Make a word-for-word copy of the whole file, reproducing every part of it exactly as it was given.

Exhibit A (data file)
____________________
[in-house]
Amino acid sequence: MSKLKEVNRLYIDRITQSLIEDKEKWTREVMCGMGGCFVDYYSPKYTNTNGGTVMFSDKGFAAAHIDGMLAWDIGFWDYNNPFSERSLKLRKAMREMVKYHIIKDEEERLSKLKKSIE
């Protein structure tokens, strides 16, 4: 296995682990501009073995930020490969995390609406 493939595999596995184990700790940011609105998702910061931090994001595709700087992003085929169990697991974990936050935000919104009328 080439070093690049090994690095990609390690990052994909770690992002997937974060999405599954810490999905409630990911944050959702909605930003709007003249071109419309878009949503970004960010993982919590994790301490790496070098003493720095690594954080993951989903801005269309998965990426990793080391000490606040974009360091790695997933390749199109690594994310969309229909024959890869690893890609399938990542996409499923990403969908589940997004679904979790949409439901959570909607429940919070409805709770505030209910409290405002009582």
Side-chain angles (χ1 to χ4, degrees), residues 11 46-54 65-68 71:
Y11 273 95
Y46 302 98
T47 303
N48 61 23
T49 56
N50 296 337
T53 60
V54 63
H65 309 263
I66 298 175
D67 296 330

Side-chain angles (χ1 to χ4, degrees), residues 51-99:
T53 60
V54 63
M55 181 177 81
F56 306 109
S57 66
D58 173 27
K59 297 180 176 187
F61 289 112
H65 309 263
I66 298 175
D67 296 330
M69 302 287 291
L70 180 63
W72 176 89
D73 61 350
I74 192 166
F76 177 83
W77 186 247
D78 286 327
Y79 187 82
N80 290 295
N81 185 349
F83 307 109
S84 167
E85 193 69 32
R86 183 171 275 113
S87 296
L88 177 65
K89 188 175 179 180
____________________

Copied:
[in-house]
Amino acid sequence: MSKLKEVNRLYIDRITQSLIEDKEKWTREVMCGMGGCFVDYYSPKYTNTNGGTVMFSDKGFAAAHIDGMLAWDIGFWDYNNPFSERSLKLRKAMREMVKYHIIKDEEERLSKLKKSIE
């Protein structure tokens, strides 16, 4: 296995682990501009073995930020490969995390609406 493939595999596995184990700790940011609105998702910061931090994001595709700087992003085929169990697991974990936050935000919104009328 080439070093690049090994690095990609390690990052994909770690992002997937974060999405599954810490999905409630990911944050959702909605930003709007003249071109419309878009949503970004960010993982919590994790301490790496070098003493720095690594954080993951989903801005269309998965990426990793080391000490606040974009360091790695997933390749199109690594994310969309229909024959890869690893890609399938990542996409499923990403969908589940997004679904979790949409439901959570909607429940919070409805709770505030209910409290405002009582």
Side-chain angles (χ1 to χ4, degrees), residues 11 46-54 65-68 71:
Y11 273 95
Y46 302 98
T47 303
N48 61 23
T49 56
N50 296 337
T53 60
V54 63
H65 309 263
I66 298 175
D67 296 330

Side-chain angles (χ1 to χ4, degrees), residues 51-99:
T53 60
V54 63
M55 181 177 81
F56 306 109
S57 66
D58 173 27
K59 297 180 176 187
F61 289 112
H65 309 263
I66 298 175
D67 296 330
M69 302 287 291
L70 180 63
W72 176 89
D73 61 350
I74 192 166
F76 177 83
W77 186 247
D78 286 327
Y79 187 82
N80 290 295
N81 185 349
F83 307 109
S84 167
E85 193 69 32
R86 183 171 275 113
S87 296
L88 177 65
K89 188 175 179 180